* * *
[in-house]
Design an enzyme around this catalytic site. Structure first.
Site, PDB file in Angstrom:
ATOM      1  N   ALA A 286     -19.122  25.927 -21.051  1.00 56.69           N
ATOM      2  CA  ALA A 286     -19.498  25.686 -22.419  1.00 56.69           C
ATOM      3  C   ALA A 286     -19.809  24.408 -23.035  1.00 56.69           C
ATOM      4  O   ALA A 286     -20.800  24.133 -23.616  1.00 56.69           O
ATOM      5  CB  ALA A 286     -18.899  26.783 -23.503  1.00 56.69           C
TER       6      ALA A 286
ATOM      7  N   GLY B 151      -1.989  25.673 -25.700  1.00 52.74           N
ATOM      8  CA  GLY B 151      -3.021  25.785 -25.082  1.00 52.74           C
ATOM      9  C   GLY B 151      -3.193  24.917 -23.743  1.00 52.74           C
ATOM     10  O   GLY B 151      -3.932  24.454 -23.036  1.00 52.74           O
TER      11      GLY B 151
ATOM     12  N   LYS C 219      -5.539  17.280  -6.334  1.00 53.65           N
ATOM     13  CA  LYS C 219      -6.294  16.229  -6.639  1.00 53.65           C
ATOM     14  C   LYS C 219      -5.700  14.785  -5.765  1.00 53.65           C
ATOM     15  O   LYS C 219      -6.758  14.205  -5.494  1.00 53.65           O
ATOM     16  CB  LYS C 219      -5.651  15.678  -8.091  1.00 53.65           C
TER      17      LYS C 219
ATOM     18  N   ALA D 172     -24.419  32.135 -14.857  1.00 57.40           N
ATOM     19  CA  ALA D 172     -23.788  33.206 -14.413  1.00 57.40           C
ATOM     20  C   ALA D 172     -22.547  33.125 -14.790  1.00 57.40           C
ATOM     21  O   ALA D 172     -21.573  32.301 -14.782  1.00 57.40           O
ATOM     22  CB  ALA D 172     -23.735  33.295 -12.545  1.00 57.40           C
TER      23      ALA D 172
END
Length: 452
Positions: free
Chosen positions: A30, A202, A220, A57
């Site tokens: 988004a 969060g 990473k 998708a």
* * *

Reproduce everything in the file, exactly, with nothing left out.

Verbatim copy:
[in-house]
Design an enzyme around this catalytic site. Structure first.
Site, PDB file in Angstrom:
ATOM      1  N   ALA A 286     -19.122  25.927 -21.051  1.00 56.69           N
ATOM      2  CA  ALA A 286     -19.498  25.686 -22.419  1.00 56.69           C
ATOM      3  C   ALA A 286     -19.809  24.408 -23.035  1.00 56.69           C
ATOM      4  O   ALA A 286     -20.800  24.133 -23.616  1.00 56.69           O
ATOM      5  CB  ALA A 286     -18.899  26.783 -23.503  1.00 56.69           C
TER       6      ALA A 286
ATOM      7  N   GLY B 151      -1.989  25.673 -25.700  1.00 52.74           N
ATOM      8  CA  GLY B 151      -3.021  25.785 -25.082  1.00 52.74           C
ATOM      9  C   GLY B 151      -3.193  24.917 -23.743  1.00 52.74           C
ATOM     10  O   GLY B 151      -3.932  24.454 -23.036  1.00 52.74           O
TER      11      GLY B 151
ATOM     12  N   LYS C 219      -5.539  17.280  -6.334  1.00 53.65           N
ATOM     13  CA  LYS C 219      -6.294  16.229  -6.639  1.00 53.65           C
ATOM     14  C   LYS C 219      -5.700  14.785  -5.765  1.00 53.65           C
ATOM     15  O   LYS C 219      -6.758  14.205  -5.494  1.00 53.65           O
ATOM     16  CB  LYS C 219      -5.651  15.678  -8.091  1.00 53.65           C
TER      17      LYS C 219
ATOM     18  N   ALA D 172     -24.419  32.135 -14.857  1.00 57.40           N
ATOM     19  CA  ALA D 172     -23.788  33.206 -14.413  1.00 57.40           C
ATOM     20  C   ALA D 172     -22.547  33.125 -14.790  1.00 57.40           C
ATOM     21  O   ALA D 172     -21.573  32.301 -14.782  1.00 57.40           O
ATOM     22  CB  ALA D 172     -23.735  33.295 -12.545  1.00 57.40           C
TER      23      ALA D 172
END
Length: 452
Positions: free
Chosen positions: A30, A202, A220, A57
């Site tokens: 988004a 969060g 990473k 998708a």